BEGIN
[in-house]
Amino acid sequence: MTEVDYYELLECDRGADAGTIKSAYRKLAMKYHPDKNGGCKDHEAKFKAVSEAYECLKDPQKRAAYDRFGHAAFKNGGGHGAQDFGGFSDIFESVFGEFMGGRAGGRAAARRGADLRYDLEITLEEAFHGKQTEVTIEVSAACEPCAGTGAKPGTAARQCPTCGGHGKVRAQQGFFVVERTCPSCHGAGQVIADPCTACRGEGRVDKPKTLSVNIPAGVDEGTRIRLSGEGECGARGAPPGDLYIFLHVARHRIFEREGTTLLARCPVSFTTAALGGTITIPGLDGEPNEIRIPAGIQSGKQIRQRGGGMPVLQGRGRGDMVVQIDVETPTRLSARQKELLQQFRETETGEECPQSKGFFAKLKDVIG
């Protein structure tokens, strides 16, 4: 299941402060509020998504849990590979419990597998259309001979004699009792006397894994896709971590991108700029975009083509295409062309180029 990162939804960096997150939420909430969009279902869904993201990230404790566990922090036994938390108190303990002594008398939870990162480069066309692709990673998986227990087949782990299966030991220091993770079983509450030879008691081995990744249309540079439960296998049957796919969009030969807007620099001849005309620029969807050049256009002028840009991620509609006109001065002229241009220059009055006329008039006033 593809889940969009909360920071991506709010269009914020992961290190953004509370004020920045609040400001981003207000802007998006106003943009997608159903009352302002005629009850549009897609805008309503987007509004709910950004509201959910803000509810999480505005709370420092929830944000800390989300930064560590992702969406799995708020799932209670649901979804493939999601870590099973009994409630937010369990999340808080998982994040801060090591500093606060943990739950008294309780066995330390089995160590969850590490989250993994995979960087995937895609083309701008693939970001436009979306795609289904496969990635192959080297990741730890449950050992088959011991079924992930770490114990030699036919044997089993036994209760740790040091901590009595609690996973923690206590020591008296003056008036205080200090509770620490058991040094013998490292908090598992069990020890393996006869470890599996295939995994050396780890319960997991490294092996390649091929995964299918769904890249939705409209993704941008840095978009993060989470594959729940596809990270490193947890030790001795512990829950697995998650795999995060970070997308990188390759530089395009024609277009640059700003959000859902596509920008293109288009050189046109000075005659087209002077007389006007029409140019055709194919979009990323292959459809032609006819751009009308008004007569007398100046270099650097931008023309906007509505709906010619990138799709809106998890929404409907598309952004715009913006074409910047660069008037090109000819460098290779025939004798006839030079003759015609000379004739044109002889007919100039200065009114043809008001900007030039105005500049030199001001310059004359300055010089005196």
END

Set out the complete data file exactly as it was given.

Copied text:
[in-house]
Amino acid sequence: MTEVDYYELLECDRGADAGTIKSAYRKLAMKYHPDKNGGCKDHEAKFKAVSEAYECLKDPQKRAAYDRFGHAAFKNGGGHGAQDFGGFSDIFESVFGEFMGGRAGGRAAARRGADLRYDLEITLEEAFHGKQTEVTIEVSAACEPCAGTGAKPGTAARQCPTCGGHGKVRAQQGFFVVERTCPSCHGAGQVIADPCTACRGEGRVDKPKTLSVNIPAGVDEGTRIRLSGEGECGARGAPPGDLYIFLHVARHRIFEREGTTLLARCPVSFTTAALGGTITIPGLDGEPNEIRIPAGIQSGKQIRQRGGGMPVLQGRGRGDMVVQIDVETPTRLSARQKELLQQFRETETGEECPQSKGFFAKLKDVIG
């Protein structure tokens, strides 16, 4: 299941402060509020998504849990590979419990597998259309001979004699009792006397894994896709971590991108700029975009083509295409062309180029 990162939804960096997150939420909430969009279902869904993201990230404790566990922090036994938390108190303990002594008398939870990162480069066309692709990673998986227990087949782990299966030991220091993770079983509450030879008691081995990744249309540079439960296998049957796919969009030969807007620099001849005309620029969807050049256009002028840009991620509609006109001065002229241009220059009055006329008039006033 593809889940969009909360920071991506709010269009914020992961290190953004509370004020920045609040400001981003207000802007998006106003943009997608159903009352302002005629009850549009897609805008309503987007509004709910950004509201959910803000509810999480505005709370420092929830944000800390989300930064560590992702969406799995708020799932209670649901979804493939999601870590099973009994409630937010369990999340808080998982994040801060090591500093606060943990739950008294309780066995330390089995160590969850590490989250993994995979960087995937895609083309701008693939970001436009979306795609289904496969990635192959080297990741730890449950050992088959011991079924992930770490114990030699036919044997089993036994209760740790040091901590009595609690996973923690206590020591008296003056008036205080200090509770620490058991040094013998490292908090598992069990020890393996006869470890599996295939995994050396780890319960997991490294092996390649091929995964299918769904890249939705409209993704941008840095978009993060989470594959729940596809990270490193947890030790001795512990829950697995998650795999995060970070997308990188390759530089395009024609277009640059700003959000859902596509920008293109288009050189046109000075005659087209002077007389006007029409140019055709194919979009990323292959459809032609006819751009009308008004007569007398100046270099650097931008023309906007509505709906010619990138799709809106998890929404409907598309952004715009913006074409910047660069008037090109000819460098290779025939004798006839030079003759015609000379004739044109002889007919100039200065009114043809008001900007030039105005500049030199001001310059004359300055010089005196």